Bayi recounts legendary 1974 1500m world record
"They didn’t expect I would win that race. John [Walker] knew that maybe I would die – but I was prepared for that one!”
By Mike Rowbottom for World Athletics
Among the past contests highlighted during last month’s World Athletics' inaugural Heritage Mile Night in Monaco was the epic 1500m race in Christchurch, New Zealand, at the 1974 Commonwealth Games, where an unheralded Filbert Bayi produced one of the most audacious performances in athletics history as he led from gun-to-tape to win gold in a world record of 3:32.2.
The 20-year-old Tanzanian took almost a second off the 1967 mark of 3:33.1 set by Jim Ryun of the United States – also present in Monaco - with home runner John Walker – another honored guest – chasing him down the final straight.
The following year Walker – who had also beaten Ryun’s mark with his silver medal performance of 3:32.52 - became the first man to better 3:50 for the Mile, running 3:49.4 in Gothenburg to beat the record of 3:51.00 set by Bayi earlier that year.
The Kiwi went on to win Olympic 1500m gold at the 1976 Montreal Games – a Games from which Bayi was precluded because of an African boycott protesting against the New Zealand rugby union team playing against the then apartheid nation of South Africa.
Notwithstanding Bayi’s later frustrations, that 1974 run stands as one of the best athletics performances in one of the great athletics races. For all time.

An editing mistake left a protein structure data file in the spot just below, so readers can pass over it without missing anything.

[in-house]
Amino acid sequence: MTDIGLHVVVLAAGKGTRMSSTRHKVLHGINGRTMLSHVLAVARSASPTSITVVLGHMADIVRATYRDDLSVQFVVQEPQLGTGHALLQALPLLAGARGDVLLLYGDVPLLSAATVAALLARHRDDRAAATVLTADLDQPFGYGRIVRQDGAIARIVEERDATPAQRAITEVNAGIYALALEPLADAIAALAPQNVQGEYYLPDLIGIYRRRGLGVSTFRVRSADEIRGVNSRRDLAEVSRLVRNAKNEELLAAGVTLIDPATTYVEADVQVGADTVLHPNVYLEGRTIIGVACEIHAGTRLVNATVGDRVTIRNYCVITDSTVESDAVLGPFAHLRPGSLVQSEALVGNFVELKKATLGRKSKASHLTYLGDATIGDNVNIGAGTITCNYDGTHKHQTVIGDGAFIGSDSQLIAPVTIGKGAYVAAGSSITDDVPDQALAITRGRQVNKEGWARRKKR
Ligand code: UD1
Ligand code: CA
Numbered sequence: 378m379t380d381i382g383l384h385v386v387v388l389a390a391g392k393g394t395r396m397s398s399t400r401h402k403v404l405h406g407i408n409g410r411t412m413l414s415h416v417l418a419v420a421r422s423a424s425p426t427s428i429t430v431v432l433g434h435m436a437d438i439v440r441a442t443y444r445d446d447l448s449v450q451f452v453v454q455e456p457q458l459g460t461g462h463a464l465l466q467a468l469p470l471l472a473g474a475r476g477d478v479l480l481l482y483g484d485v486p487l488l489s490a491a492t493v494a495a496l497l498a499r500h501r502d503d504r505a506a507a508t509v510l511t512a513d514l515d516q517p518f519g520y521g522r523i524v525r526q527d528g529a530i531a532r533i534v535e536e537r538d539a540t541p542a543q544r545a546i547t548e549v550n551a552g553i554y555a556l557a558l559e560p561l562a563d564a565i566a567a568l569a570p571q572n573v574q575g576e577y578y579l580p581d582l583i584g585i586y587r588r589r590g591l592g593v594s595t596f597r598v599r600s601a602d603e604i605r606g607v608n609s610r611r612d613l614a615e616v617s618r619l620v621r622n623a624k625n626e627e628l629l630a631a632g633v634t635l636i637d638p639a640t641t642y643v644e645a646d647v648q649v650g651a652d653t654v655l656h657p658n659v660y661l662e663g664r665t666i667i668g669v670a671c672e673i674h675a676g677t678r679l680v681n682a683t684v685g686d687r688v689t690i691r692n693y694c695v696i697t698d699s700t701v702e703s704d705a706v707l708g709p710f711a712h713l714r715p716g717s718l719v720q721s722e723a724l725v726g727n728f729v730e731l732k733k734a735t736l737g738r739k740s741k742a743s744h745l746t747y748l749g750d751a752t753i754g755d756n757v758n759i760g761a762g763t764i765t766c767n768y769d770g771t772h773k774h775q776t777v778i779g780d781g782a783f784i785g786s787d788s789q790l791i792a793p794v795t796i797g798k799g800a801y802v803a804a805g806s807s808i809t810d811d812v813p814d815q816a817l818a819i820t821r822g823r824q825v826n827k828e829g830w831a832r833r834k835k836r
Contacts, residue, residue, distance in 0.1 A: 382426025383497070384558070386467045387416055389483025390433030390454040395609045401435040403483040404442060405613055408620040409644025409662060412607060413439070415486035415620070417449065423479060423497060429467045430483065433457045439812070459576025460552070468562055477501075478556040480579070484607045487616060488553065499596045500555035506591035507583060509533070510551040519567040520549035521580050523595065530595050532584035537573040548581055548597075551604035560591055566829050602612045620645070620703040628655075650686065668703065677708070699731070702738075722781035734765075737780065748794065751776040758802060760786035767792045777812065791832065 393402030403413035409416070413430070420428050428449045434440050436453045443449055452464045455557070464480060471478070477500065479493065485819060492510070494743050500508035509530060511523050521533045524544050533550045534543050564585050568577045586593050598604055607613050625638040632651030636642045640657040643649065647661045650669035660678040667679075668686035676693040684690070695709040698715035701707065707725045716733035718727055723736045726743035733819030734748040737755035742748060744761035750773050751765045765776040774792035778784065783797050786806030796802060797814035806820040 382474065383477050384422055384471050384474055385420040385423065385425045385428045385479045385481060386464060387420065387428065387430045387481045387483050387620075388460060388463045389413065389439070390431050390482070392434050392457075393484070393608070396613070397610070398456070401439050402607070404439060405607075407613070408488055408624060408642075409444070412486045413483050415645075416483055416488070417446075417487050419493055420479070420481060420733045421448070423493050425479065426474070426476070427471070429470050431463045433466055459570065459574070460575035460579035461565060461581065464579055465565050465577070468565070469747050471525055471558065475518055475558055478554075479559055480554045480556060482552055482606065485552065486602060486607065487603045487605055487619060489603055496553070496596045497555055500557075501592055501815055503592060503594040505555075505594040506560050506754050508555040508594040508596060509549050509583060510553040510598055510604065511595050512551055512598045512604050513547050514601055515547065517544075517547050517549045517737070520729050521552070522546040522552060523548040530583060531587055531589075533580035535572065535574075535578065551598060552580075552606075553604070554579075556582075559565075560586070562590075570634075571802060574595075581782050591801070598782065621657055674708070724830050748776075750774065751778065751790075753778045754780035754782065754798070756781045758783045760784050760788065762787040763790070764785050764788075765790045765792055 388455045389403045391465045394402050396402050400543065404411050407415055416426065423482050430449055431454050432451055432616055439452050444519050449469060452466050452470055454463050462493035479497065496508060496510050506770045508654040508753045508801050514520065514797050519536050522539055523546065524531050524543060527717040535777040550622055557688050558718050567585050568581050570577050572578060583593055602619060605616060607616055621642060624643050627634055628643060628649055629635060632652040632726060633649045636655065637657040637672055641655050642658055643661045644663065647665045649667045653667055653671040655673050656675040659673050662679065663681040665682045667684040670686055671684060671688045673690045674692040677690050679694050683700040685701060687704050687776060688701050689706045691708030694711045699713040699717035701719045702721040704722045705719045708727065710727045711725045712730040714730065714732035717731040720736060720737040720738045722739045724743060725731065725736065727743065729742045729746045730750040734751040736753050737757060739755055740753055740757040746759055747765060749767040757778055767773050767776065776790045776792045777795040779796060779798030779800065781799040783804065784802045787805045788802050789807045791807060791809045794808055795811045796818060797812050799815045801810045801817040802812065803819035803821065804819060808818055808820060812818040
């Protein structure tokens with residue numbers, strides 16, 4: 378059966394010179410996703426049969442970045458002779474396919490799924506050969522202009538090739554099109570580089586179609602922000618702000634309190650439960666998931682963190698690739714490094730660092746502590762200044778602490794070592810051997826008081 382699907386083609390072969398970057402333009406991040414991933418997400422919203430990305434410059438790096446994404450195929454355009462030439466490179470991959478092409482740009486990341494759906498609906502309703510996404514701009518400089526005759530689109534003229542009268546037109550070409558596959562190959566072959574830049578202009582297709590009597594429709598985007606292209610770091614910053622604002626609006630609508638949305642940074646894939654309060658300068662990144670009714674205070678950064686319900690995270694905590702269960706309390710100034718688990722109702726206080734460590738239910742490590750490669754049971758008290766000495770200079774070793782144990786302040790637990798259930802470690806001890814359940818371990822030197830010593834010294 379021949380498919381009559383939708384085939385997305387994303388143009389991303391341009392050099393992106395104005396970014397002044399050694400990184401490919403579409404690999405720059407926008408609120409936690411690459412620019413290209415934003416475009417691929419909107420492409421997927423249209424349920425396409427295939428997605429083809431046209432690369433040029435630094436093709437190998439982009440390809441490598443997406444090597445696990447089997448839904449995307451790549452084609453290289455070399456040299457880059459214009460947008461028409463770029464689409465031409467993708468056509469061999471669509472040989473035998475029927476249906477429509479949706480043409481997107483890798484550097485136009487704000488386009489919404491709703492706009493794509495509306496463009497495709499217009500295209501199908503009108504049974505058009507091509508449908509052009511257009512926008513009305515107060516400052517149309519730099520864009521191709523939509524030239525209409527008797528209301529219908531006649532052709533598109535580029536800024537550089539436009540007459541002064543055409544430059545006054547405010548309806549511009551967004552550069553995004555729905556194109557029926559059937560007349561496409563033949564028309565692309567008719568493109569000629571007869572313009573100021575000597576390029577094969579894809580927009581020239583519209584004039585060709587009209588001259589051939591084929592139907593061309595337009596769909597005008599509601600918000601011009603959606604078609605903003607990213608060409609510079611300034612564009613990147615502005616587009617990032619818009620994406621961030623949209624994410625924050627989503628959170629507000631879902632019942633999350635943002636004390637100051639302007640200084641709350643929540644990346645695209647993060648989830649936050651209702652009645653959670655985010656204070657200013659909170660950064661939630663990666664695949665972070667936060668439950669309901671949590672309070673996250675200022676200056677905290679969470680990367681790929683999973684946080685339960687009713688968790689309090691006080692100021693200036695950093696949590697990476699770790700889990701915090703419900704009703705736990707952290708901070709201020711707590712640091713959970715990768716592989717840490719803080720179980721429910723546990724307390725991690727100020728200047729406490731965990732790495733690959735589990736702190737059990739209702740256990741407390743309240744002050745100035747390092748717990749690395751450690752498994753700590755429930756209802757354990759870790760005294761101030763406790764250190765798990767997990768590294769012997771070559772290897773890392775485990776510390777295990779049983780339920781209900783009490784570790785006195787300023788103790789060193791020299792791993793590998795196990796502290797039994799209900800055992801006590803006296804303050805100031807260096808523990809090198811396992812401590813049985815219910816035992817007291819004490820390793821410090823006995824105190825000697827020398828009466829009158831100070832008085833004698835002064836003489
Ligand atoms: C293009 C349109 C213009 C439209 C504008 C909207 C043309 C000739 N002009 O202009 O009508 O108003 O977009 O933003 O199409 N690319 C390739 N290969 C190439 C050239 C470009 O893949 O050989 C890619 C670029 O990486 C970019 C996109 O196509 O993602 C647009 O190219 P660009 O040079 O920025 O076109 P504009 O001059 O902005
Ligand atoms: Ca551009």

Speaking after the assembled fellow athletes and guests had had another opportunity to view the closing stages of that stupendous competition in Christchurch, Bayi reflected with wry satisfaction upon his landmark achievement.
“When I arrived in New Zealand nobody took much notice,” Bayi said. “My friend John Walker was a citizen of New Zealand, so the money was put on him. But John knew me. And we knew that something might happen there because there were also some very good Kenyans there like Ben Jipcho and Mike Boit.”
Commenting a little later in the evening upon that extended display of courage and self-confidence, Bayi added: “John was watching me when I was running in front of him. They didn’t expect I would win that race. John knew that maybe I would die – but I was prepared for that one!”
Bayi said he had already decided upon his race plan following his success in the 1973 All-African Games in Lagos, where he had won the 1500m title with a front-running performance that had defeated a field including Kenya’s double Olympic champion Kip Keino.
“I felt I would do the same as this front runner in New Zealand,” he said. “I knew that I would be a front runner because nobody recognized me. And that’s what I did.
“People thought they would get me in the final 200 meters. I was taking it easy, and when John was coming close to me I accelerated in the last 100 meters.”
Continue reading at: worldathletics.org
1974 Commonwealth Games 1500m final video